Tuesday, September 14, 2010

tolerances in alignment

I’m planning to produce some works for our two week exchange around this phrase ‘tolerances in alignment’ which comes from this 1950s booklet called ‘Binoculars and how to choose them’. I’m also keen to follow on from ‘inverted’ drawings I’ve been doing as seen on my temporary blog/noticeboard The things that Rachel O’Neill did – I need to try this inverted drawing business out on the mini lightbox and see how they go but I like the print phenomenon that is black line turning into white/coloured space – simple but effective perhaps as far as the lightbox backlighting goes. Could work with a range of marks from fine line to woodcut to human/animal/vegetable silhouette/curvature…

I have a narrative in mind for the drawings which draws on, reworks and somewhat fictionalises what’s going on in the binocular booklet – its language and technical drawings - emphasising what I think will be some invention story of a ‘happening lense’* (*name subject to change), which accelerates tolerances and alignments – a central character or two will drive the narrative. I have a character called Beatrice Krill who could be a good trial subject for the ‘happening lense’.

This projected work isn’t much collaborative in nature I realise but thought I’d put it out there and it might lead to discussion/directions when we skype.

Also interested in thinking about the scale of the boxes – where the viewers eye line will be – how to draw viewers closer and where needed maximise long distance effect. The boxes also seem to work in pairs – due to fan-like pattern of layout in the square. Any way we could torque this in an interesting way?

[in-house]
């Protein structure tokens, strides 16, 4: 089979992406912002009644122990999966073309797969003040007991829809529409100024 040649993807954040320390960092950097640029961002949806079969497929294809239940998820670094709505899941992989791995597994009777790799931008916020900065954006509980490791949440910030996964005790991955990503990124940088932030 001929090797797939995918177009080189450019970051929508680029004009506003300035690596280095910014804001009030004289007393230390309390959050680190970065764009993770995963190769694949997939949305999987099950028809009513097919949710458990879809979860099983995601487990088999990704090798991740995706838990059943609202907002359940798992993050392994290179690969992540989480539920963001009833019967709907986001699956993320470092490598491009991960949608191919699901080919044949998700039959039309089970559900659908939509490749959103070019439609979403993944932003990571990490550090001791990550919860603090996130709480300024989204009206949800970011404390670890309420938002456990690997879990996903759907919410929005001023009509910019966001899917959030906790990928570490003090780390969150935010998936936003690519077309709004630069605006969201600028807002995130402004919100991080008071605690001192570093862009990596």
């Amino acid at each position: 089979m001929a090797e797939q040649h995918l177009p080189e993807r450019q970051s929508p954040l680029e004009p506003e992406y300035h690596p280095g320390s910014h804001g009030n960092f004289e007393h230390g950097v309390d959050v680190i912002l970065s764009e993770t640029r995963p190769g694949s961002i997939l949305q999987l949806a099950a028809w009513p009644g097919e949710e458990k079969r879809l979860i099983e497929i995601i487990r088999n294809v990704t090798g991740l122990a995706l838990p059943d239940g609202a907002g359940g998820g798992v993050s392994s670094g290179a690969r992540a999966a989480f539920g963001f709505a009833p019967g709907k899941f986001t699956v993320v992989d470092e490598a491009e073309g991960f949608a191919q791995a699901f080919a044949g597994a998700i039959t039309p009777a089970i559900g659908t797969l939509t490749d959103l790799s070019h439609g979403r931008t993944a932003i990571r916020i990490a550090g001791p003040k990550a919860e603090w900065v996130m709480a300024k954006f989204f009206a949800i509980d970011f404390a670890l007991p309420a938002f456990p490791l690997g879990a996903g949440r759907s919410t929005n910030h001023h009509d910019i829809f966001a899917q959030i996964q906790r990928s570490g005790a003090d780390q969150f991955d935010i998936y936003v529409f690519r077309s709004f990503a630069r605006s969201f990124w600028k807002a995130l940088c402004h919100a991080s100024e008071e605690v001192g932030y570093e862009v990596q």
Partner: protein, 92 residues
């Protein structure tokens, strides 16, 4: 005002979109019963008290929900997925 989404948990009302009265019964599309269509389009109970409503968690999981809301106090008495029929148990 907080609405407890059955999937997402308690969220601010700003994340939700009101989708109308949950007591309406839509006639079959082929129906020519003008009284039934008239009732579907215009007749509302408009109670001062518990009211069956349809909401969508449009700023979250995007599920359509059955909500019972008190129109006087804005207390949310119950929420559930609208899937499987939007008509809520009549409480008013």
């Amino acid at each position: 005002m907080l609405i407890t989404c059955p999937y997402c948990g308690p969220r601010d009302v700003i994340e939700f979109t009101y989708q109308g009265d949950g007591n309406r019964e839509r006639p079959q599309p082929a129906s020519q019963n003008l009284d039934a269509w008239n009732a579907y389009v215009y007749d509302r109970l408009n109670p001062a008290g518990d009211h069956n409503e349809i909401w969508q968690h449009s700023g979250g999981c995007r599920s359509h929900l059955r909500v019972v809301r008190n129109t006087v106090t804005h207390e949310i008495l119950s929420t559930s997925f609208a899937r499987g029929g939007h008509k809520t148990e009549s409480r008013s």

How might we arrange images that face the road or the pedestrian area for example?

Random thoughts here – text on the street side/image on the footpath side? Text/image interlocking? Guess I’m thinking about how we create the undulations Marnie first mentioned – would be great to get at this in the content as well as the formal flow of the works and how we want them to read…

Curatorial brief:
For me it’s important to have a way of describing this project so that it’s true to our wider practices and also that we’re not ‘generalising’ who the audiences are. It’s also important for me that the project brief doesn’t suggest we are coming up with a new (by default as emerging artists) ‘description’ of homosexuality, definition of glbt culture or map of the Homo landscape. In this sense I know what I don’t want it to be so hope to do some thinking with you all about what it could reveal when the project traverses into language.
Personally I don’t usually align my work with blockbuster tags such as feminist, or lesbian, or queer. This isn’t because I’m not prepared to talk, given the time and space, about the work in relation to these things. For me, it’s more that the work itself is directed at burying clues, and revealing opacity's around how a viewer chooses to motivate or make inactive their (identity, but more like their accurate fictions of self) or my accurate fictions of self (if at all) in relation to public/private concepts, declarations, modesties, fears, hopes and facts/fictions etc.
What are your thoughts – want to be overt, less overt than overt, slightly a little bit overt, kinda maybe...no…yes?

I'd like to find some way of using the notion of 'accurate fictions of self ' in relation to this brief...there is this literary genre which is the most popular published form in the US at the moment called Creative Non-Fiction which basically translates as 'accurate story' + 'style' - this informs how I imagine what an accurate fiction might be - how it might behave...where it might be taking the left hand of darkness...

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